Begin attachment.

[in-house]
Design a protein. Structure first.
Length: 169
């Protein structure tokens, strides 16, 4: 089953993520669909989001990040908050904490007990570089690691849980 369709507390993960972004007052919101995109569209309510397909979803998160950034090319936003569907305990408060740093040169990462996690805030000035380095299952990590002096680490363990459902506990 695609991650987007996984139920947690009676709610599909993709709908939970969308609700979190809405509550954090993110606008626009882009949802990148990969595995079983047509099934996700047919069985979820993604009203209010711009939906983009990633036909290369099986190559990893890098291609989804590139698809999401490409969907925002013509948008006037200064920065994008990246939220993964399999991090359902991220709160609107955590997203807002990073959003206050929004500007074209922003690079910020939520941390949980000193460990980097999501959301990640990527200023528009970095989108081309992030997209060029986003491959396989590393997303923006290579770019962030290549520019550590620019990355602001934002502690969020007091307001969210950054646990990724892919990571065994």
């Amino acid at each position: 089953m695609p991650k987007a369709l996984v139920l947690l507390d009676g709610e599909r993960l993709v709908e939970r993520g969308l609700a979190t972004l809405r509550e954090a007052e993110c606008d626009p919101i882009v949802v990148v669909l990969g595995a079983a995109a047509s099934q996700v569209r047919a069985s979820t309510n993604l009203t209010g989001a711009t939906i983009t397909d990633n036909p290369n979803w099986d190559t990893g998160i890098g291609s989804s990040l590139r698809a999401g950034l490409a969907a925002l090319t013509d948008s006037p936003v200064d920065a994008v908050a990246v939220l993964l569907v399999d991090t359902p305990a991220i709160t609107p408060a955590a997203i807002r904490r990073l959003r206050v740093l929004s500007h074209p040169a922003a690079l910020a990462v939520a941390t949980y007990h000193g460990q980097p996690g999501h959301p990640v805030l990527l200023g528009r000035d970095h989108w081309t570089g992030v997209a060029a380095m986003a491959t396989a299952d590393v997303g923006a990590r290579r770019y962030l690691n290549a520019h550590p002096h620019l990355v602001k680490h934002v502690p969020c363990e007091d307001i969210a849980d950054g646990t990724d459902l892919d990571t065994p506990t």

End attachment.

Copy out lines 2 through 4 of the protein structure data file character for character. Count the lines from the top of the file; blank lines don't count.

Design a protein. Structure first.
Length: 169
């Protein structure tokens, strides 16, 4: 089953993520669909989001990040908050904490007990570089690691849980 369709507390993960972004007052919101995109569209309510397909979803998160950034090319936003569907305990408060740093040169990462996690805030000035380095299952990590002096680490363990459902506990 695609991650987007996984139920947690009676709610599909993709709908939970969308609700979190809405509550954090993110606008626009882009949802990148990969595995079983047509099934996700047919069985979820993604009203209010711009939906983009990633036909290369099986190559990893890098291609989804590139698809999401490409969907925002013509948008006037200064920065994008990246939220993964399999991090359902991220709160609107955590997203807002990073959003206050929004500007074209922003690079910020939520941390949980000193460990980097999501959301990640990527200023528009970095989108081309992030997209060029986003491959396989590393997303923006290579770019962030290549520019550590620019990355602001934002502690969020007091307001969210950054646990990724892919990571065994």